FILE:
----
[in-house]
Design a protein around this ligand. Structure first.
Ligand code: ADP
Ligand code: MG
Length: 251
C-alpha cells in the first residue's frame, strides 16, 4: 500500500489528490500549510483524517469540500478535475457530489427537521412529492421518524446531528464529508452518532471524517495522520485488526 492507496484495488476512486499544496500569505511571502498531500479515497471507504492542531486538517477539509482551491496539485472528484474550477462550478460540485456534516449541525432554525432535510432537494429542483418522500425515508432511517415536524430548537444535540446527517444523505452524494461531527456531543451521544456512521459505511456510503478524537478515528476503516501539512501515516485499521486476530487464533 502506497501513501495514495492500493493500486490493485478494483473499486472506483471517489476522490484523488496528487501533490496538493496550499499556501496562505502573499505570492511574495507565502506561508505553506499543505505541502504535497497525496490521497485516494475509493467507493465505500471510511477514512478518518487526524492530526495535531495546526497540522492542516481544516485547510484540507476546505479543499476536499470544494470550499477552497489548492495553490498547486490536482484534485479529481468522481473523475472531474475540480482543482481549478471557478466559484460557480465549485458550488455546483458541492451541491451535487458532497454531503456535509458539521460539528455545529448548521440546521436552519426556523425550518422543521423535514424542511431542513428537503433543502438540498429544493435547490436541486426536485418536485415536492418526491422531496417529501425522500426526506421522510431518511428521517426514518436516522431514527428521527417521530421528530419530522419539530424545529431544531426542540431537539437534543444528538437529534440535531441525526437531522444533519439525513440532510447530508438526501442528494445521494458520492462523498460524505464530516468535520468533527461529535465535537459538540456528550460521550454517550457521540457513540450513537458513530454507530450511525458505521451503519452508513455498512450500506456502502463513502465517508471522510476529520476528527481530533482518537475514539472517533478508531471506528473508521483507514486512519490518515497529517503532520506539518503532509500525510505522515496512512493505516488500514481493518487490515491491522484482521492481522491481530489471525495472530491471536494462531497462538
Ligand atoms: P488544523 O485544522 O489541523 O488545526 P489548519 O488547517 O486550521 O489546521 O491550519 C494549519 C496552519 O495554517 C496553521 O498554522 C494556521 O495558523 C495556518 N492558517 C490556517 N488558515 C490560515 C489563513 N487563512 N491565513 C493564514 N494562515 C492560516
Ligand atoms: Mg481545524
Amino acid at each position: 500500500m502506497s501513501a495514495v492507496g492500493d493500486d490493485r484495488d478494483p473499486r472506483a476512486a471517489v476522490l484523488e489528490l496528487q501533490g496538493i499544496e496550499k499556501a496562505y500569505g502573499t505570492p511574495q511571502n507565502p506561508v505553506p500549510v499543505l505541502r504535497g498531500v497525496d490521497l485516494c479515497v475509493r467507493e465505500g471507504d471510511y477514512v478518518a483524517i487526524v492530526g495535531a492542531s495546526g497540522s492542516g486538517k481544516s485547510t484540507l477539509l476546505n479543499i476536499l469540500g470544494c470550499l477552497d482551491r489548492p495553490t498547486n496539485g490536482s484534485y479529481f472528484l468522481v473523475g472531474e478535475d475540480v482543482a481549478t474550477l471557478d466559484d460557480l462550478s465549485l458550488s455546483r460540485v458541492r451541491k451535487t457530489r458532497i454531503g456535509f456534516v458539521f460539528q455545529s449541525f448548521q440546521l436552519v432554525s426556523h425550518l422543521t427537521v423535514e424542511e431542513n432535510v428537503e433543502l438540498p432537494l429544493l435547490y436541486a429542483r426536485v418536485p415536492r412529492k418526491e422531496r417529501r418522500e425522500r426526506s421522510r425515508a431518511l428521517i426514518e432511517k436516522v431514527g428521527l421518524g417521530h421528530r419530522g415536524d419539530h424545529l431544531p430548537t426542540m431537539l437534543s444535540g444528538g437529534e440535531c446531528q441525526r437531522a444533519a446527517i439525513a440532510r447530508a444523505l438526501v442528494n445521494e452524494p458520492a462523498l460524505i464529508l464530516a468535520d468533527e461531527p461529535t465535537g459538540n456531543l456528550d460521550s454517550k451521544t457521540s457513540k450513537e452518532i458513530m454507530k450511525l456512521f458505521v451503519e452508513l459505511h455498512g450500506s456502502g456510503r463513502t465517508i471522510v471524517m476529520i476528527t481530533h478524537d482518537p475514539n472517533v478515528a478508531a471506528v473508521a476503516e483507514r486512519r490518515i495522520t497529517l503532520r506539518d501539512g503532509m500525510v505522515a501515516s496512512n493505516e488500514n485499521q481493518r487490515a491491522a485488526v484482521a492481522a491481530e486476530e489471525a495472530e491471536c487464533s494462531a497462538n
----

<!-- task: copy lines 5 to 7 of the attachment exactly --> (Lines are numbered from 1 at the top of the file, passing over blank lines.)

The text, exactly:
Length: 251
C-alpha cells in the first residue's frame, strides 16, 4: 500500500489528490500549510483524517469540500478535475457530489427537521412529492421518524446531528464529508452518532471524517495522520485488526 492507496484495488476512486499544496500569505511571502498531500479515497471507504492542531486538517477539509482551491496539485472528484474550477462550478460540485456534516449541525432554525432535510432537494429542483418522500425515508432511517415536524430548537444535540446527517444523505452524494461531527456531543451521544456512521459505511456510503478524537478515528476503516501539512501515516485499521486476530487464533 502506497501513501495514495492500493493500486490493485478494483473499486472506483471517489476522490484523488496528487501533490496538493496550499499556501496562505502573499505570492511574495507565502506561508505553506499543505505541502504535497497525496490521497485516494475509493467507493465505500471510511477514512478518518487526524492530526495535531495546526497540522492542516481544516485547510484540507476546505479543499476536499470544494470550499477552497489548492495553490498547486490536482484534485479529481468522481473523475472531474475540480482543482481549478471557478466559484460557480465549485458550488455546483458541492451541491451535487458532497454531503456535509458539521460539528455545529448548521440546521436552519426556523425550518422543521423535514424542511431542513428537503433543502438540498429544493435547490436541486426536485418536485415536492418526491422531496417529501425522500426526506421522510431518511428521517426514518436516522431514527428521527417521530421528530419530522419539530424545529431544531426542540431537539437534543444528538437529534440535531441525526437531522444533519439525513440532510447530508438526501442528494445521494458520492462523498460524505464530516468535520468533527461529535465535537459538540456528550460521550454517550457521540457513540450513537458513530454507530450511525458505521451503519452508513455498512450500506456502502463513502465517508471522510476529520476528527481530533482518537475514539472517533478508531471506528473508521483507514486512519490518515497529517503532520506539518503532509500525510505522515496512512493505516488500514481493518487490515491491522484482521492481522491481530489471525495472530491471536494462531497462538
Ligand atoms: P488544523 O485544522 O489541523 O488545526 P489548519 O488547517 O486550521 O489546521 O491550519 C494549519 C496552519 O495554517 C496553521 O498554522 C494556521 O495558523 C495556518 N492558517 C490556517 N488558515 C490560515 C489563513 N487563512 N491565513 C493564514 N494562515 C492560516